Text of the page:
Is There a Black Hole in the Daily Sun?


The frenetically poised movements of the African – Americans like the Black Power Movement and the Black Arts Movement can hardly be said to have seen their heyday. A return to the ethnic past has been the dream of many writers. Lorraine Hansberry and Alice Childress did it mildly and sentimentally whereas Adrienne Kennedy and Ntozake Shange among the women did it with outright rage and aggressiveness.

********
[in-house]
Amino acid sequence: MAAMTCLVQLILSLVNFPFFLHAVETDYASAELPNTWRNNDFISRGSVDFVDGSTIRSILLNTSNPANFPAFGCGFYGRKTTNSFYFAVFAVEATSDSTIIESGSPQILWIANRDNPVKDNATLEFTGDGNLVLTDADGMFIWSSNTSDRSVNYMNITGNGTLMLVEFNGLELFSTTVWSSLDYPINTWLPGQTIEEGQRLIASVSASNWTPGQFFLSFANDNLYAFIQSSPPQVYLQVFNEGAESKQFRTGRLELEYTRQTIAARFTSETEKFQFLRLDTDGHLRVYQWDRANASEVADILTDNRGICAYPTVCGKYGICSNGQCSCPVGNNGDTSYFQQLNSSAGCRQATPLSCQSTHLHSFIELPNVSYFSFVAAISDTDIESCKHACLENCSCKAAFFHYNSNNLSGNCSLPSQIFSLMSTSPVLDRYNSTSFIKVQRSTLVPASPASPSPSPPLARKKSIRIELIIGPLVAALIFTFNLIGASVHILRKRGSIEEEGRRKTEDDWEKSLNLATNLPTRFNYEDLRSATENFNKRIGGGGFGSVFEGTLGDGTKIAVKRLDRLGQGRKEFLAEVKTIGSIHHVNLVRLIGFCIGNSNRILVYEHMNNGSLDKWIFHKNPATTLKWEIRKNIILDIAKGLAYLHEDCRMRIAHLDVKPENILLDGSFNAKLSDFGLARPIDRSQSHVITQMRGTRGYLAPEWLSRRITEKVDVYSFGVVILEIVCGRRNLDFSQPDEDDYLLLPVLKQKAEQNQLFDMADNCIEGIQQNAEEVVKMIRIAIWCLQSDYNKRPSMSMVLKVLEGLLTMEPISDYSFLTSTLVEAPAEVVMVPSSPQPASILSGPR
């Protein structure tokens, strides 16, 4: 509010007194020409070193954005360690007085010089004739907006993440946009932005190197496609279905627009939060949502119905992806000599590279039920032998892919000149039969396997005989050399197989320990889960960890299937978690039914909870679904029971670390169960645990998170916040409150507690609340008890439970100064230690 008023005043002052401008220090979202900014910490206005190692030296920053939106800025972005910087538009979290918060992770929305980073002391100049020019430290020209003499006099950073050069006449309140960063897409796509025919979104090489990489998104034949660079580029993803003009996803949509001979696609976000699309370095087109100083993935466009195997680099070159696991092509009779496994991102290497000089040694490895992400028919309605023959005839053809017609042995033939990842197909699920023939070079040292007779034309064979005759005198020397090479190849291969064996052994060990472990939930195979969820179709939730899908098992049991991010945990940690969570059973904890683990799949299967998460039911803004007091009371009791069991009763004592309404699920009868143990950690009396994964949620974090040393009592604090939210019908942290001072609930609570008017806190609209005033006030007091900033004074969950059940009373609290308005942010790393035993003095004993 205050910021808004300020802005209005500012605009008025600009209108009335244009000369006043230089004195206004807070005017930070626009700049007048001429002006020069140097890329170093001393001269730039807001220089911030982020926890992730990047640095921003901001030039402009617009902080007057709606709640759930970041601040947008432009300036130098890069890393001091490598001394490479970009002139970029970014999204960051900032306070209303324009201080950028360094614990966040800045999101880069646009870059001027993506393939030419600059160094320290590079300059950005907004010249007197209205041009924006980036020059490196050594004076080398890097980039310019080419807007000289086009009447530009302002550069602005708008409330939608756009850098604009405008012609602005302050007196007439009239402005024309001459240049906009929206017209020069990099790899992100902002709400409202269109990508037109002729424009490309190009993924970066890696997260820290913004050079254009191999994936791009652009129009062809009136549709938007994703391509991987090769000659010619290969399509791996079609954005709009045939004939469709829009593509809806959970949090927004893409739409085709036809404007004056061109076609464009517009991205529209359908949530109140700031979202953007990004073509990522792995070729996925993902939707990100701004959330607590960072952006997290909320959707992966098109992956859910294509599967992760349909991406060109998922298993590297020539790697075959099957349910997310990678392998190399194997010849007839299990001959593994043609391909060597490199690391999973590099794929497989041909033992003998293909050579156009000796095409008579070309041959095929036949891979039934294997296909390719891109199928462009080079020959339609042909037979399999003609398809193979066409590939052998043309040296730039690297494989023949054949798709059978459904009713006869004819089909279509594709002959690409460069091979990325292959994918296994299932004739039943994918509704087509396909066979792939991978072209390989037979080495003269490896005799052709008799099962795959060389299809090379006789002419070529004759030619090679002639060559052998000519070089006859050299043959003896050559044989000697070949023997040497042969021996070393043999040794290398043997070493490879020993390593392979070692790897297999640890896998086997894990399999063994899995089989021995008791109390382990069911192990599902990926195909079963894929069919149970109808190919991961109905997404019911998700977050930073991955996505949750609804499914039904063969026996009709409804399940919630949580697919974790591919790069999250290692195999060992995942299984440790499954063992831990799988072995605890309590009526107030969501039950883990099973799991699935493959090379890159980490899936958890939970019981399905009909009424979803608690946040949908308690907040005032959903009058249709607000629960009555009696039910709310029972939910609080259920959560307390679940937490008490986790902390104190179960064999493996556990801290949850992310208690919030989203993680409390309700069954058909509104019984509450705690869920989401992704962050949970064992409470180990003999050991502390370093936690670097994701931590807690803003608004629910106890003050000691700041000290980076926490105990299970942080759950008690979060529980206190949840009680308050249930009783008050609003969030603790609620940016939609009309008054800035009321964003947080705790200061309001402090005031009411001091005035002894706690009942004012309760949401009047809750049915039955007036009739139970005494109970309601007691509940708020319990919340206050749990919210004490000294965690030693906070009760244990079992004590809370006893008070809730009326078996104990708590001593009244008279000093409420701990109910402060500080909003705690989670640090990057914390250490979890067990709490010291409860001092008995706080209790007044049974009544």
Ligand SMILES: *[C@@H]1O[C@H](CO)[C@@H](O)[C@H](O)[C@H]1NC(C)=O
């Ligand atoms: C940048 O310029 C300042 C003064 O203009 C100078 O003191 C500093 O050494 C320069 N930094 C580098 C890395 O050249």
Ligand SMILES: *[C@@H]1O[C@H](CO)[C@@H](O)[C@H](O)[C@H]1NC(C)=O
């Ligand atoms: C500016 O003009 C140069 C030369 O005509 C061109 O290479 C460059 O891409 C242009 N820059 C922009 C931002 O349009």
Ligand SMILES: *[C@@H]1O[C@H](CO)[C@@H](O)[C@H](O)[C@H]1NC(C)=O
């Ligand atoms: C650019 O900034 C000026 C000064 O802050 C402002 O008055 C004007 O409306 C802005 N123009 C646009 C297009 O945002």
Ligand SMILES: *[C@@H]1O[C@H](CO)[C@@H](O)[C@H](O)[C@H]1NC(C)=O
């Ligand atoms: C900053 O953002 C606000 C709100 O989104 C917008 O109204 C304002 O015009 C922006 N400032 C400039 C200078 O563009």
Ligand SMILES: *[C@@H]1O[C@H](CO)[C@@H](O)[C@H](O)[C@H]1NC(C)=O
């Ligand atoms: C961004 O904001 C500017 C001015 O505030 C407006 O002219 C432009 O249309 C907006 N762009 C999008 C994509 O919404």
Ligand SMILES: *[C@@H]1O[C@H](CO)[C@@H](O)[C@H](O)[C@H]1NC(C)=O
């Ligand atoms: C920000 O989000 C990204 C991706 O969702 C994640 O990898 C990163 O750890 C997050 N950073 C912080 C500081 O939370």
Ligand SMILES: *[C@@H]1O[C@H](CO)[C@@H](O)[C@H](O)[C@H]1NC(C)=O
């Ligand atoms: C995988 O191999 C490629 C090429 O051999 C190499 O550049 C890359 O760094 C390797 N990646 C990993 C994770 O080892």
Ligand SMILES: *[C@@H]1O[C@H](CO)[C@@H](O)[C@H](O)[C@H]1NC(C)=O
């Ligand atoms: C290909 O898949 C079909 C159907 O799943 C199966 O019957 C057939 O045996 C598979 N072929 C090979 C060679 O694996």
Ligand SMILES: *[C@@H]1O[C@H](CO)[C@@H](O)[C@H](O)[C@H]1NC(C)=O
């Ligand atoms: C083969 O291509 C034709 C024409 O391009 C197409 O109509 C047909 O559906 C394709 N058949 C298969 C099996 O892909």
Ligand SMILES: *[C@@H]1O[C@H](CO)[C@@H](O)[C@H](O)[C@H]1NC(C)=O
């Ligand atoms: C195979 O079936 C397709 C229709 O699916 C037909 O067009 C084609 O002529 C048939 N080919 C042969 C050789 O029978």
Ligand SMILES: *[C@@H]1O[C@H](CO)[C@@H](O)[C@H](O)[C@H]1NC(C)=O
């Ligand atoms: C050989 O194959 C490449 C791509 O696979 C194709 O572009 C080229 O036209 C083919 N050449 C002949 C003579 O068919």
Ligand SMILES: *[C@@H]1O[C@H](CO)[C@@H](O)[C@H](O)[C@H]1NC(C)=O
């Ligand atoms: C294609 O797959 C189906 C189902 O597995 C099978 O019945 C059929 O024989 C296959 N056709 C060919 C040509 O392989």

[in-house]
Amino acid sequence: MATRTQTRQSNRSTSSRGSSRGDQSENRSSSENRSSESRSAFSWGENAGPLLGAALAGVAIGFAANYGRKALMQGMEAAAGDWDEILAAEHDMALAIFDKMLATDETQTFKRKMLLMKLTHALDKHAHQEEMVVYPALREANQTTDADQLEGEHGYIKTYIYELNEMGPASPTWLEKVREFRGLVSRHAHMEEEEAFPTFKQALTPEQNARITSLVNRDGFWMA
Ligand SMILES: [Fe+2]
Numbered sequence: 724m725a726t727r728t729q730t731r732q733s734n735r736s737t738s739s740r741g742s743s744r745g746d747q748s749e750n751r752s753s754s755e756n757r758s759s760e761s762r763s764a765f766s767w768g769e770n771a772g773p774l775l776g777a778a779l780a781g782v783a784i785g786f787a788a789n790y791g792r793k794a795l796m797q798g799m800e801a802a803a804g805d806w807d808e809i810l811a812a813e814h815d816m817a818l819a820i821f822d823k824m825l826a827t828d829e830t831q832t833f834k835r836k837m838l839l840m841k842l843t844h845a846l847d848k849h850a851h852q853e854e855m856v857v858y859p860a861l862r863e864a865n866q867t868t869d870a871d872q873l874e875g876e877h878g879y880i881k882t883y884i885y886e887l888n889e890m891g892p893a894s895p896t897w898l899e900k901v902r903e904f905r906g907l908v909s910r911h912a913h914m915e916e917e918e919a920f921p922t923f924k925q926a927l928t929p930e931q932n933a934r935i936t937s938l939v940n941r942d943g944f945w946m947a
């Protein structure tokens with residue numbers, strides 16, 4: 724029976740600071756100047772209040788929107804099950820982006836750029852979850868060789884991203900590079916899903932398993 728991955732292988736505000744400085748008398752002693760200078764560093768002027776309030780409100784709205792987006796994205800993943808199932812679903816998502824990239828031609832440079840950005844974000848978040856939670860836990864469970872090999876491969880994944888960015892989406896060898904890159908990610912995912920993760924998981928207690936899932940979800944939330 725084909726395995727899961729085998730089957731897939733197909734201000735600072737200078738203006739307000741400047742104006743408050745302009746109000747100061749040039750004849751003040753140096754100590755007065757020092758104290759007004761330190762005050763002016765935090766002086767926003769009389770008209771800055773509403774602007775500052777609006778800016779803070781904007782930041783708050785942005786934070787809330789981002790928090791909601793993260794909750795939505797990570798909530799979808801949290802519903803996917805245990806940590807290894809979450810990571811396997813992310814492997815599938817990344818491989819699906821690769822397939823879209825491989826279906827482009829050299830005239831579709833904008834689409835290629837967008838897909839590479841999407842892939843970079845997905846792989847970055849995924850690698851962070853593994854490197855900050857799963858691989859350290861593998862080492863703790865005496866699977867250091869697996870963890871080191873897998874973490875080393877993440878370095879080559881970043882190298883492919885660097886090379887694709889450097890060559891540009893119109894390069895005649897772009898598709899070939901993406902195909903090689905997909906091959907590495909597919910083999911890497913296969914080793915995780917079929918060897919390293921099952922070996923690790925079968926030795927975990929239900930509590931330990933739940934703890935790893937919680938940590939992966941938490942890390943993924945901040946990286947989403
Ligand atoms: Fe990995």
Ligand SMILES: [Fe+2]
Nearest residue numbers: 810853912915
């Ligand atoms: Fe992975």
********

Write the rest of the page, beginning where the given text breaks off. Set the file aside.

The men have in fact been more vociferous with the strong – armed idiom of an Amiri Baraka, an Ed Bullins and a James Baldwin. But the net result of the whole mission in spite of its unswerving nature has been submersion and oblivion. It would be extremely gratifying to find a black who avers that these movements of the past in Berkley and elsewhere have elevated his subject position. Once a subaltern one is destined to remain so. It is a branding that stays for life. This is not pessimism but observed reality. It is very encouraging to find young men of African origin militating for a unique aesthetic platform where they remain their own true selves without any danger of downgrading. It is often when a slot in the mainstream is sought that frustration arises. Very often the mainstream is a synonym for the brute majority and does not qualify its participants in any way. Art is the monopoly of the thinking and protesting human who will not accept facile explanations or people who remain comfortable on their convenient perch. Art is the product of struggle with the self and grappling with the environment. A bloke who has done neither cannot call himself a pioneer whatever be the label he claims for himself. Let the people wronged by time and history carve out their own “black hole” and give the world a taste of radiating intellect that can outreach all forms of known matter. In short, let the raisin in the sun come alive.

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